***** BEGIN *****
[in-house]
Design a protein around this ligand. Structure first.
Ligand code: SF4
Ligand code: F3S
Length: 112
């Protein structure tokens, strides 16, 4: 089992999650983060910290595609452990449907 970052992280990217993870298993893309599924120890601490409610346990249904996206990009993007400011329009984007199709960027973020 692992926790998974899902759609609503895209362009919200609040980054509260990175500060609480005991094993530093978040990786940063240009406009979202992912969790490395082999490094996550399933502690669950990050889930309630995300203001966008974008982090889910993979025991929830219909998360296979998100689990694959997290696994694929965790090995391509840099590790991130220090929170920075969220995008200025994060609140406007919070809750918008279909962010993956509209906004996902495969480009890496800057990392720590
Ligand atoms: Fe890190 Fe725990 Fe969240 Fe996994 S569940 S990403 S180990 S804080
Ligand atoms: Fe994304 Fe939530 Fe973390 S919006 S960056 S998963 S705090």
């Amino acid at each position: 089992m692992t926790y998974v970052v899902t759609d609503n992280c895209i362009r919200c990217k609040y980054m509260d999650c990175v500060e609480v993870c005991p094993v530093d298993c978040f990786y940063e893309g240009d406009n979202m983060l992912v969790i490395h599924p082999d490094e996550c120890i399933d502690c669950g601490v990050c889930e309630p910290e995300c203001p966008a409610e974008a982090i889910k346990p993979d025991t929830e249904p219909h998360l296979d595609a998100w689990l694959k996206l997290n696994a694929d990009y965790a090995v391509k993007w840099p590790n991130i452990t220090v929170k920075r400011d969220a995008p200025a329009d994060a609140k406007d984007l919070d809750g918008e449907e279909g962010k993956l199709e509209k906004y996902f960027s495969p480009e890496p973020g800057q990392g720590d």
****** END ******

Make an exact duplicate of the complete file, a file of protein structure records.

[in-house]
Design a protein around this ligand. Structure first.
Ligand code: SF4
Ligand code: F3S
Length: 112
């Protein structure tokens, strides 16, 4: 089992999650983060910290595609452990449907 970052992280990217993870298993893309599924120890601490409610346990249904996206990009993007400011329009984007199709960027973020 692992926790998974899902759609609503895209362009919200609040980054509260990175500060609480005991094993530093978040990786940063240009406009979202992912969790490395082999490094996550399933502690669950990050889930309630995300203001966008974008982090889910993979025991929830219909998360296979998100689990694959997290696994694929965790090995391509840099590790991130220090929170920075969220995008200025994060609140406007919070809750918008279909962010993956509209906004996902495969480009890496800057990392720590
Ligand atoms: Fe890190 Fe725990 Fe969240 Fe996994 S569940 S990403 S180990 S804080
Ligand atoms: Fe994304 Fe939530 Fe973390 S919006 S960056 S998963 S705090």
């Amino acid at each position: 089992m692992t926790y998974v970052v899902t759609d609503n992280c895209i362009r919200c990217k609040y980054m509260d999650c990175v500060e609480v993870c005991p094993v530093d298993c978040f990786y940063e893309g240009d406009n979202m983060l992912v969790i490395h599924p082999d490094e996550c120890i399933d502690c669950g601490v990050c889930e309630p910290e995300c203001p966008a409610e974008a982090i889910k346990p993979d025991t929830e249904p219909h998360l296979d595609a998100w689990l694959k996206l997290n696994a694929d990009y965790a090995v391509k993007w840099p590790n991130i452990t220090v929170k920075r400011d969220a995008p200025a329009d994060a609140k406007d984007l919070d809750g918008e449907e279909g962010k993956l199709e509209k906004y996902f960027s495969p480009e890496p973020g800057q990392g720590d």